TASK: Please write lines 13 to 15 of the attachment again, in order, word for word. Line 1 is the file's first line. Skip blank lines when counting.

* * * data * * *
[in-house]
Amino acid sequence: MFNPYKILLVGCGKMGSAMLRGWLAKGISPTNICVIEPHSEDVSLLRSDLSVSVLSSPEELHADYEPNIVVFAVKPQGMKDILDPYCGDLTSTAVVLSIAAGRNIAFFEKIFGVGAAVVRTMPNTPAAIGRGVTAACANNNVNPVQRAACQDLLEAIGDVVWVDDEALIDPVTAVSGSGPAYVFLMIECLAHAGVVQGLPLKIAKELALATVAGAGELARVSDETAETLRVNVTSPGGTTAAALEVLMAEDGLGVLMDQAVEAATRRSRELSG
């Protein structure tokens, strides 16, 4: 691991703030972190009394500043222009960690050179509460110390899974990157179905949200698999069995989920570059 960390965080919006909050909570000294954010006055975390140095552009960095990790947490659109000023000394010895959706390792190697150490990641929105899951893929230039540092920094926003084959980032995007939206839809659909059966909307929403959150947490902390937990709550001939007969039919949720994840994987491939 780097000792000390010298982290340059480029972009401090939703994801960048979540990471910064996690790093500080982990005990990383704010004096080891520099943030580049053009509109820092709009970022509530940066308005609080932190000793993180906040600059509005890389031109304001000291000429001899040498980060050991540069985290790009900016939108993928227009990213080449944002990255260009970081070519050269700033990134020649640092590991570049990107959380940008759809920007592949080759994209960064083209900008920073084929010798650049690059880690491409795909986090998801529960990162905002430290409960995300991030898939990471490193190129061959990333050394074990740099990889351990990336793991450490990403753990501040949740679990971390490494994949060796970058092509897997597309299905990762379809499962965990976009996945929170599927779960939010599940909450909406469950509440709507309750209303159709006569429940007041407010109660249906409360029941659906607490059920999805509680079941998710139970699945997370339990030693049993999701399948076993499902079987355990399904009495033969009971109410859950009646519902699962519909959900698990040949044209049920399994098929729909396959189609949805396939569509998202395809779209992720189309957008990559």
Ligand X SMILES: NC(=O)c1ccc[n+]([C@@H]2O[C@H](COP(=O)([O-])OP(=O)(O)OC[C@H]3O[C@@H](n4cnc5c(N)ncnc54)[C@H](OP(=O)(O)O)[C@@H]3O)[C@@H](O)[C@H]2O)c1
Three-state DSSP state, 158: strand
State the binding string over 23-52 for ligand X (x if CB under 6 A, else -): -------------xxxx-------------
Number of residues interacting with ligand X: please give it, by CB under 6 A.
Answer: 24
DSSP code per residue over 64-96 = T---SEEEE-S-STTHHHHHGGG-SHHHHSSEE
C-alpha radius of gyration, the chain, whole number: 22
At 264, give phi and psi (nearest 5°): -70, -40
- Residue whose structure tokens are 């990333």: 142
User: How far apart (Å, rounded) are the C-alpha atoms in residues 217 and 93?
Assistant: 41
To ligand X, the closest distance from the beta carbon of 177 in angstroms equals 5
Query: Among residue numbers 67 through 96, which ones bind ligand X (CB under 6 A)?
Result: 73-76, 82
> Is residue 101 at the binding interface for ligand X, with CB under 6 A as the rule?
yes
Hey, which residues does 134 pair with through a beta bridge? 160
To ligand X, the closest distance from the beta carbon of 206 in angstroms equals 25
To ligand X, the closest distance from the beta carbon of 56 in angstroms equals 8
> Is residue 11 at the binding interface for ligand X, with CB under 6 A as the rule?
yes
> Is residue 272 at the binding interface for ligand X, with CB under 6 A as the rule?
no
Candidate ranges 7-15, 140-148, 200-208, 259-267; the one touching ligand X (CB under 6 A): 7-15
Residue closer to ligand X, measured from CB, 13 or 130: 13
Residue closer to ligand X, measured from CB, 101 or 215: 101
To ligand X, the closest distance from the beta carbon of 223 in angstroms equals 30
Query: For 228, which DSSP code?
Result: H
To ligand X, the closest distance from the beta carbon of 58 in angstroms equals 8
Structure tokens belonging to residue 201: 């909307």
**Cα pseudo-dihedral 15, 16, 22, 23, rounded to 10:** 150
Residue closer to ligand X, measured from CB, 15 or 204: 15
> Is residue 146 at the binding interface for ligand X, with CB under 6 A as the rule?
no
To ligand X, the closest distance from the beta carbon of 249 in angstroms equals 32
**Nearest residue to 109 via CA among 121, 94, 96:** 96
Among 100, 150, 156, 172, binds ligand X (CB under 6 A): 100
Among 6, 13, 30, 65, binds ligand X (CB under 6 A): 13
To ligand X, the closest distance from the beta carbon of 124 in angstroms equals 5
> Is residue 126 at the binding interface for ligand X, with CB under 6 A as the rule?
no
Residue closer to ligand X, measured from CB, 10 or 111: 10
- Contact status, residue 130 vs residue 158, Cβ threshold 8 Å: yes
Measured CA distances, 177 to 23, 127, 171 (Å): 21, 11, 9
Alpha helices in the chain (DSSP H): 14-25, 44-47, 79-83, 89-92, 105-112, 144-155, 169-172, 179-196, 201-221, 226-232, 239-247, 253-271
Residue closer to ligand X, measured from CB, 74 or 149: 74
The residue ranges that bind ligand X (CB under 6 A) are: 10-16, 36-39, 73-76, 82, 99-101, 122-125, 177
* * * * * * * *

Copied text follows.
User: How far apart (Å, rounded) are the C-alpha atoms in residues 217 and 93?
Assistant: 41
To ligand X, the closest distance from the beta carbon of 177 in angstroms equals 5